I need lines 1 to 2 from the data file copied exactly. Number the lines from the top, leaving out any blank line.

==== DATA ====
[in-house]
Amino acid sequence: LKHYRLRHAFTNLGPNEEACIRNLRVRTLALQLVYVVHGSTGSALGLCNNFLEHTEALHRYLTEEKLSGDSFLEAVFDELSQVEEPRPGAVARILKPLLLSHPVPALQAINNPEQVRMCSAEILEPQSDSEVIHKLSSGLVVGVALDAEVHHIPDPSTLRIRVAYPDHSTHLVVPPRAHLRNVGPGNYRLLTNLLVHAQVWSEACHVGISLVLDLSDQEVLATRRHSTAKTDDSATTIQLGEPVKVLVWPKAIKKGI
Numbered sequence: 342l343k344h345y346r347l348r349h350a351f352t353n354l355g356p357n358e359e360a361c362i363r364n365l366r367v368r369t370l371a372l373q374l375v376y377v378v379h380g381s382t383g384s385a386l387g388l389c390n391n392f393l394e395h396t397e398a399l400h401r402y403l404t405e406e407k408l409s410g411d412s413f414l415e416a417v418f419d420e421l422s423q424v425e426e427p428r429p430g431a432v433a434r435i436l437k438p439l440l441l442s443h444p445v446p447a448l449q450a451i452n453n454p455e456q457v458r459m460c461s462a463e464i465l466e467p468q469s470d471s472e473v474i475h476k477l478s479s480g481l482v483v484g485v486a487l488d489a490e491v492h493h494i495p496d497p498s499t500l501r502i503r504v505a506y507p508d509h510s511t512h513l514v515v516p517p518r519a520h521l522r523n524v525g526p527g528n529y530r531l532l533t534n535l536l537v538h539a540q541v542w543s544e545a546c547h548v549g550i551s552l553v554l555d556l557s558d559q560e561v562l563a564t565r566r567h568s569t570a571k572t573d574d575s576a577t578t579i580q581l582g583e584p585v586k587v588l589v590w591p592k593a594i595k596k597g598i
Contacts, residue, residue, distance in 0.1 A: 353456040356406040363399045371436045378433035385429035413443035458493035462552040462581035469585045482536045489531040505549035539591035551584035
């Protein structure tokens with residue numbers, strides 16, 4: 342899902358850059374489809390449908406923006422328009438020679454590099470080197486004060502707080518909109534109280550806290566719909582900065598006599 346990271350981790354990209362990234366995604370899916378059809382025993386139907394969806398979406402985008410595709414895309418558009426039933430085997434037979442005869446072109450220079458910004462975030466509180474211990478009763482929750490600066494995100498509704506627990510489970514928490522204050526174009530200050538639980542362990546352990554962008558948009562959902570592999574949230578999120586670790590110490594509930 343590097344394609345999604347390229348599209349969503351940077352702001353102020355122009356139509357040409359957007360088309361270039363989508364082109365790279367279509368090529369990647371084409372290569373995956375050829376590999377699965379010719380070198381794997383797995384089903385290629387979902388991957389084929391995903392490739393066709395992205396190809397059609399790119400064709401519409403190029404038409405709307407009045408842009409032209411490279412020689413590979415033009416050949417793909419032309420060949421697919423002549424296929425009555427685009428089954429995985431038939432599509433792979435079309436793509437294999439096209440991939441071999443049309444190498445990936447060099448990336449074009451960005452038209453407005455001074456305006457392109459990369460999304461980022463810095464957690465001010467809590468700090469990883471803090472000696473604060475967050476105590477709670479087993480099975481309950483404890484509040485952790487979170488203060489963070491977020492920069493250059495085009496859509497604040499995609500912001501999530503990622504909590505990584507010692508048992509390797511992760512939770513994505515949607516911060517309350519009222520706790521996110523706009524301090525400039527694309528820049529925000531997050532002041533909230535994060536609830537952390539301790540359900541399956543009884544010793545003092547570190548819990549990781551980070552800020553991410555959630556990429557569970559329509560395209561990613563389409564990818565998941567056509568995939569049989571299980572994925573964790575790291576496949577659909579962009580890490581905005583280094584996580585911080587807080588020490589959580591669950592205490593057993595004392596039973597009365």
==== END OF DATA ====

[in-house]
Amino acid sequence: LKHYRLRHAFTNLGPNEEACIRNLRVRTLALQLVYVVHGSTGSALGLCNNFLEHTEALHRYLTEEKLSGDSFLEAVFDELSQVEEPRPGAVARILKPLLLSHPVPALQAINNPEQVRMCSAEILEPQSDSEVIHKLSSGLVVGVALDAEVHHIPDPSTLRIRVAYPDHSTHLVVPPRAHLRNVGPGNYRLLTNLLVHAQVWSEACHVGISLVLDLSDQEVLATRRHSTAKTDDSATTIQLGEPVKVLVWPKAIKKGI